an executive summary on November 21, 2014,
and determined "that the probable cause of this
incident was an internal short circuit within
a cell [cell 5 or cell 6] of the auxiliary power
unit (APU) lithium-ion battery, which led to
thermal runaway that cascaded to adjacent
cells, resulting in the release of smoke and
fire. The incident resulted from Boeing's failure to incorporate design requirements to
mitigate the most severe effects of an internal
short circuit within an APU battery cell and
the Federal Aviation Administration's failure
to identify this design deficiency during the
type design certification process."
Like in the case of the 737 MAX, the 787
battery fires could have been related to the
complexity of the system. It does not lend itself
to a complete inspection since all the failure
modes are not yet known. However, even knowing that all of the failure modes are unknown
does not worry me.

The main issue: Letting
go of control
These automated systems assisting with the
operation of vehicles are complex. They are
starting to rival the complexity of our brain.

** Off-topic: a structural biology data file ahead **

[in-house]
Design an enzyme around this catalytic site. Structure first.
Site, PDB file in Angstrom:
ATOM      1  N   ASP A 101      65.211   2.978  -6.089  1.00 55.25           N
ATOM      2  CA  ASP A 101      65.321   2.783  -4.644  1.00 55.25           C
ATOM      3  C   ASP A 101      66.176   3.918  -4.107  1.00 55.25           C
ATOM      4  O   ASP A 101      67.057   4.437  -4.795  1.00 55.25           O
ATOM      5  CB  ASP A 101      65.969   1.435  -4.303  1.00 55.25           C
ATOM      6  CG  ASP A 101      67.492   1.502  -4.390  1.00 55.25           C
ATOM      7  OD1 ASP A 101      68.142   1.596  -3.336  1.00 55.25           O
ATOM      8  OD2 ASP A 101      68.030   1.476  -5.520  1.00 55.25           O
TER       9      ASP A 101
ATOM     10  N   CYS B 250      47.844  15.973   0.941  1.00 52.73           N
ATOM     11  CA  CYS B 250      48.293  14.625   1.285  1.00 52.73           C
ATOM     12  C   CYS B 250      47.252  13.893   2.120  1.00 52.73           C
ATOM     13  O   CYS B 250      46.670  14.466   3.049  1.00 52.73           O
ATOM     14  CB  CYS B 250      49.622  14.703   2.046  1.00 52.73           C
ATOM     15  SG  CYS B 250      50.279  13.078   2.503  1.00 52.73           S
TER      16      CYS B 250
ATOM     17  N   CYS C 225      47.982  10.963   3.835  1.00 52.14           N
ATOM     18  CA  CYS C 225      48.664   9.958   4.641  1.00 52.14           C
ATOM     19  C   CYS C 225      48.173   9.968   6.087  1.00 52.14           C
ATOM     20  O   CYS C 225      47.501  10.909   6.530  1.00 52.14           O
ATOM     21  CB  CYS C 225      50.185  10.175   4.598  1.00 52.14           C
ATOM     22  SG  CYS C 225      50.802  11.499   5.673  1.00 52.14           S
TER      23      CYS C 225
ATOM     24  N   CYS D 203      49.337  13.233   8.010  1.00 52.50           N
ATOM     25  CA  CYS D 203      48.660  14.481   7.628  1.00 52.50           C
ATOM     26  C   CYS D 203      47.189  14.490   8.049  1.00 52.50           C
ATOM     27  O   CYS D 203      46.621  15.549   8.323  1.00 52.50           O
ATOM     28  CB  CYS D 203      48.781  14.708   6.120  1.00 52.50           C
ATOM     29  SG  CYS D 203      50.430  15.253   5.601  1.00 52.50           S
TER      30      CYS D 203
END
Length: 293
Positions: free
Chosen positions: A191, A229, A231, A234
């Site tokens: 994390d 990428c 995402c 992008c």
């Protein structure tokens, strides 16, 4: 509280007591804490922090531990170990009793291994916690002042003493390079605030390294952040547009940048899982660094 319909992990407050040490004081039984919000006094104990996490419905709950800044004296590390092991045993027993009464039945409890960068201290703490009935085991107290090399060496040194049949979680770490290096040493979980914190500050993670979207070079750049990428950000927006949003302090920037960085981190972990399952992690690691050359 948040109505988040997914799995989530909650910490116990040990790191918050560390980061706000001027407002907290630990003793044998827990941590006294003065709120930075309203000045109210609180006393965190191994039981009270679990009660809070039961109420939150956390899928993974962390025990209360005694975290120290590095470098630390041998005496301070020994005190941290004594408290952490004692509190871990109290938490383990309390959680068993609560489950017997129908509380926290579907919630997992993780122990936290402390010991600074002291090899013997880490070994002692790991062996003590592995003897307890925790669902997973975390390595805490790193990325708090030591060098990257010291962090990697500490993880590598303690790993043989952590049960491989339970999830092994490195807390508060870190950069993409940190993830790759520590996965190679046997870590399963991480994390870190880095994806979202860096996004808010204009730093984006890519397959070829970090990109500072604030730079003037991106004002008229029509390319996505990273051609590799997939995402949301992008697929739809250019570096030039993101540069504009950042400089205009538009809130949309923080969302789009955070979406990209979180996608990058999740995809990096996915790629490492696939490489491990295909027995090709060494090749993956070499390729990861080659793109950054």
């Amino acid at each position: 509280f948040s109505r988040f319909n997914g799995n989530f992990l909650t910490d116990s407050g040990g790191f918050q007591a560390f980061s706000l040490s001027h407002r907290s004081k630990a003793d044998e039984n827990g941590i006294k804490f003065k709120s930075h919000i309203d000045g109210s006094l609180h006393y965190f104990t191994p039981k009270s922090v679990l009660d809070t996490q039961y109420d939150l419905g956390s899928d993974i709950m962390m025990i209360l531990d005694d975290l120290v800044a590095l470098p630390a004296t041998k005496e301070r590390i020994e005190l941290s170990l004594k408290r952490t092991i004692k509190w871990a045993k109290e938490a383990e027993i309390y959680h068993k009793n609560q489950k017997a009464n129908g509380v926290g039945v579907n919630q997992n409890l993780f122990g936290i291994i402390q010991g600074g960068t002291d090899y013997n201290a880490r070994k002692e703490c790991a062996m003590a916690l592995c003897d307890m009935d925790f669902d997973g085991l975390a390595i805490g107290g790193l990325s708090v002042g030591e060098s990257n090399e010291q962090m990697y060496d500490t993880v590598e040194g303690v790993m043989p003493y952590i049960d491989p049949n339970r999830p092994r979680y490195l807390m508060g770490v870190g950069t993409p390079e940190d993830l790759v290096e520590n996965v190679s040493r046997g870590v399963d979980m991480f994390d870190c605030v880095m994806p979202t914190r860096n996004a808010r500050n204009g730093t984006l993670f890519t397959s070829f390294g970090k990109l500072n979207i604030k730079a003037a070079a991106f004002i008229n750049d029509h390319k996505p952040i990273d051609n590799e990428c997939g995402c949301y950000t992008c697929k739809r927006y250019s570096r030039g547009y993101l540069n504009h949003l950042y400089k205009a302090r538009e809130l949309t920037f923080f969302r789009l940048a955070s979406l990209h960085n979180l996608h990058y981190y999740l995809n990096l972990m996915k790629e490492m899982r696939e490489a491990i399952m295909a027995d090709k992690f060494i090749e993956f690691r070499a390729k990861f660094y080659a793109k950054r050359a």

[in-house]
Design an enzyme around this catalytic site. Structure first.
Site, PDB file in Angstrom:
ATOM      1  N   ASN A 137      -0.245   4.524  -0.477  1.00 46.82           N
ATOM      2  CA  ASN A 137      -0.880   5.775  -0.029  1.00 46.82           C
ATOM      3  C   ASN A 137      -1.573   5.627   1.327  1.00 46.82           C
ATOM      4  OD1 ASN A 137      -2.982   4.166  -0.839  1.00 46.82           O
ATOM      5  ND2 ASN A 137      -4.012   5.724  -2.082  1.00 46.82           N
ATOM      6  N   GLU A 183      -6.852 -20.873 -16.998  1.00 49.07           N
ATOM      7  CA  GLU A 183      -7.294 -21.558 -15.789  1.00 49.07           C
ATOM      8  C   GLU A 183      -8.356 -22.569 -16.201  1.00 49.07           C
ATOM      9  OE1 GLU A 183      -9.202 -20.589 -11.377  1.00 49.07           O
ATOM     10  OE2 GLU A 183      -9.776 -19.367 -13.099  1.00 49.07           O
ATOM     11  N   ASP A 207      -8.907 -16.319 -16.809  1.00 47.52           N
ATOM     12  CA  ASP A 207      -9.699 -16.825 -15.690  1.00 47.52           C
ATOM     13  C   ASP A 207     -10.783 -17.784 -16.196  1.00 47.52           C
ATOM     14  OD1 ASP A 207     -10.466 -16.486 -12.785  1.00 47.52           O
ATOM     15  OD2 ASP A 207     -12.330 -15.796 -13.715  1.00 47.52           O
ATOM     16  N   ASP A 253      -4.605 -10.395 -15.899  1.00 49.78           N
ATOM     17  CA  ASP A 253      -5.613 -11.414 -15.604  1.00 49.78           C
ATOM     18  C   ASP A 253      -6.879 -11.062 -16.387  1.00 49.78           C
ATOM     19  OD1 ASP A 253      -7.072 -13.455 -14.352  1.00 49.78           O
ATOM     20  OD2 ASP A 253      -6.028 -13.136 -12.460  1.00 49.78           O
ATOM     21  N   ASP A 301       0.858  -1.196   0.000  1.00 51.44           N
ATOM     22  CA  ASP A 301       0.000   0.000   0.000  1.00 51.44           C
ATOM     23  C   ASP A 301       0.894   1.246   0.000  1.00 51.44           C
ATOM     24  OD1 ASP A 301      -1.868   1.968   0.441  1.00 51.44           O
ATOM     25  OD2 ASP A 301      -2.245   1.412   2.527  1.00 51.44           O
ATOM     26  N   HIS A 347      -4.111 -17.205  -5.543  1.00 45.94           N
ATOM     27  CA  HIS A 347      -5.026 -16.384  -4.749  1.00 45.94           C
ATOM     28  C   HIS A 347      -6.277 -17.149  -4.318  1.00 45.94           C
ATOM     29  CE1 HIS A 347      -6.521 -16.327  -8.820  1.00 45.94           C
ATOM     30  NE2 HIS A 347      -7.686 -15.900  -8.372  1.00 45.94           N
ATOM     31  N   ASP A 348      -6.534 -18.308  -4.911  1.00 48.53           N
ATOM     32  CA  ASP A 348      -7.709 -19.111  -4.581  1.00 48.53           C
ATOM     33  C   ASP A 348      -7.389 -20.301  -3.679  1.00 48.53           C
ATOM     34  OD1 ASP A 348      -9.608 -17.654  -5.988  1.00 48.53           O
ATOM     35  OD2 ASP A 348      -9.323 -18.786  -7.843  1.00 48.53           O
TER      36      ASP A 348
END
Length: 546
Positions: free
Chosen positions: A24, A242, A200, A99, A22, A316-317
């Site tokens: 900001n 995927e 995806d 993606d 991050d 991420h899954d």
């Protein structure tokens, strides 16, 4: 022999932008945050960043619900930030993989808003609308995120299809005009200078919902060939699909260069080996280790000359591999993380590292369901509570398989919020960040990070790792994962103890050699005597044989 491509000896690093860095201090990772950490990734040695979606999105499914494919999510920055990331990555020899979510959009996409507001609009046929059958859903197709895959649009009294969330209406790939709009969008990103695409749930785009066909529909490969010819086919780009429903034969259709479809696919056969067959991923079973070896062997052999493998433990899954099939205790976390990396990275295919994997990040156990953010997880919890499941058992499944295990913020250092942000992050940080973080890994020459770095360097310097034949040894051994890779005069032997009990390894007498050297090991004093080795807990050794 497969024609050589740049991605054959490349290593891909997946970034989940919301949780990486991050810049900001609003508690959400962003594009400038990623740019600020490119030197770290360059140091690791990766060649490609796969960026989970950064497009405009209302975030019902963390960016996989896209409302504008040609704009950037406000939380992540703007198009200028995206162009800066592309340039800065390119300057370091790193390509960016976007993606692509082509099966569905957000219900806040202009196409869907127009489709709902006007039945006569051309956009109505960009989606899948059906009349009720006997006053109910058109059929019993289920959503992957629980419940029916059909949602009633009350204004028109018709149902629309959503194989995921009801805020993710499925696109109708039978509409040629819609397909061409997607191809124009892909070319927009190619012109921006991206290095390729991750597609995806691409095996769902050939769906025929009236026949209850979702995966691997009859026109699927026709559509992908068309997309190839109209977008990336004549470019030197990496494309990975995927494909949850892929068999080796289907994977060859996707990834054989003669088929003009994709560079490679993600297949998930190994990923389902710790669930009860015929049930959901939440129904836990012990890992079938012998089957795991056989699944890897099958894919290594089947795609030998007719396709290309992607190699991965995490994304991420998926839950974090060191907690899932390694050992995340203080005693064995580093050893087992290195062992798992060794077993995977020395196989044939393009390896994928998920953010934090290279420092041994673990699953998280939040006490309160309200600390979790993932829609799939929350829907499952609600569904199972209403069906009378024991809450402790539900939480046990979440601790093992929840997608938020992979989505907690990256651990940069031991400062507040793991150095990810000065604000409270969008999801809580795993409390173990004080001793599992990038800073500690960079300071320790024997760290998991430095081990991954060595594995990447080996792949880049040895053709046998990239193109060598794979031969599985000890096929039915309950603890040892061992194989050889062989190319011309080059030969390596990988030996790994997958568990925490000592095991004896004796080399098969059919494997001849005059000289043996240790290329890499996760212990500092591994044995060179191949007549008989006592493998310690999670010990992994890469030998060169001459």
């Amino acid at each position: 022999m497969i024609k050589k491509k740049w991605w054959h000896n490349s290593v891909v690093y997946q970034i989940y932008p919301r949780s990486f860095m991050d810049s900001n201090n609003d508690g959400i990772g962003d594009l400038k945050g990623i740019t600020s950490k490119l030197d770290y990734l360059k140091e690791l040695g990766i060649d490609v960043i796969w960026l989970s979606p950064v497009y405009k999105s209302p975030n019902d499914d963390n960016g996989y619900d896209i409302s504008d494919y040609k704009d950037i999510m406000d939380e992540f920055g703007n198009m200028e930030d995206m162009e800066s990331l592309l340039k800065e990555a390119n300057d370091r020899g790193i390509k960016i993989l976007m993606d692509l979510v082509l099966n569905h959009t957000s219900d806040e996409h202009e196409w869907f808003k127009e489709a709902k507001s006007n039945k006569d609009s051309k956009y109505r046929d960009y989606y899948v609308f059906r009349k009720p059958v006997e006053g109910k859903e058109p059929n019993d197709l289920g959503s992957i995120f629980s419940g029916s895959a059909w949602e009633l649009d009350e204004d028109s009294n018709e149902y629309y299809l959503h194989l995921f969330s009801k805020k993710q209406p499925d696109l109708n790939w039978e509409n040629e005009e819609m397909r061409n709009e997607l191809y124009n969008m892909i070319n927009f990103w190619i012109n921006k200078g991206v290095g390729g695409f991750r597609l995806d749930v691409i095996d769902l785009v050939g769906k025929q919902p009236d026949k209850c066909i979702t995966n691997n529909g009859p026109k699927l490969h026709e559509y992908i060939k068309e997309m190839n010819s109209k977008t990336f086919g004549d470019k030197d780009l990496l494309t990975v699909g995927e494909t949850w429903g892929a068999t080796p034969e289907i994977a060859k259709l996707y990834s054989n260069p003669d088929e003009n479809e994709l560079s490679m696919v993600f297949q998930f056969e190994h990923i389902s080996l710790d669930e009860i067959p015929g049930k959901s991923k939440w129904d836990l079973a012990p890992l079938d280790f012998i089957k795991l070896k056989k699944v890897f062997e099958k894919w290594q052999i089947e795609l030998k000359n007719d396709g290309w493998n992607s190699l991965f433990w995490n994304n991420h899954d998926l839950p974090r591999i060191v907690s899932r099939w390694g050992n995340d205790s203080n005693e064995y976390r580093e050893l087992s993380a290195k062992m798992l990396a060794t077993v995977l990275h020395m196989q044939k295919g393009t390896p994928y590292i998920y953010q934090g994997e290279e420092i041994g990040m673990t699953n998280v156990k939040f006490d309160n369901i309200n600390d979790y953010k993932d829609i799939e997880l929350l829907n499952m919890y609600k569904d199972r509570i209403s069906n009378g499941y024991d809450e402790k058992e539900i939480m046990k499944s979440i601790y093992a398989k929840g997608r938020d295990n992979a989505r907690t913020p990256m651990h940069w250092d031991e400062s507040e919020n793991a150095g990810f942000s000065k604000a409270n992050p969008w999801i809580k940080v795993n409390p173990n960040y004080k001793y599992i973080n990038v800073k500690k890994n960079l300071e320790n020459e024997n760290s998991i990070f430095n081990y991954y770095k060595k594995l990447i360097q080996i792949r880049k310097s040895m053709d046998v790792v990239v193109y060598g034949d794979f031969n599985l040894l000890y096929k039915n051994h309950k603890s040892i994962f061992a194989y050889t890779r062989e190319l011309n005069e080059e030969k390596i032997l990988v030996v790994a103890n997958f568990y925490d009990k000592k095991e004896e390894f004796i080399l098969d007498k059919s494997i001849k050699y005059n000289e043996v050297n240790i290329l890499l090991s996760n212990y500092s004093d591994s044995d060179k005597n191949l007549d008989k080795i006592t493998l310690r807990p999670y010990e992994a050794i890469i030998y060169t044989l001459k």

AI software is developed through millions
of lines of code, written by thousands of
people. No one knows how it all works together. I remember years ago that programmers
were rewriting the system for a telephone
switch (that still runs our landlines today).
They took out a million lines of code that
didn't seem to "do" anything. But when they
took them out, the switch stopped working.
Unable to find the problem, they reinserted
the "useless" code and the switch started to
work again. We are moving toward a day in
which no one truly understands the systems
that run our lives.
In the 737 MAX, the problem was with an AI
system called the Maneuvering Characteristics
Augmentation System (MCAS). The MCAS
decided that the plane was going to stall (lose
lift) and automatically corrected for it. The
human pilots, and reality, disagreed. The pilots
did everything they could think of to fix the
issue, including turning MCAS off. They ended
up crashing because the computer took over
and caused a catastrophic incident. This set
of facts troubles me.
We are rushing willy-nilly into a future
where AI systems will be running airplanes,
trains, trucks, and passenger cars. Not only do
we have no idea how these systems work, the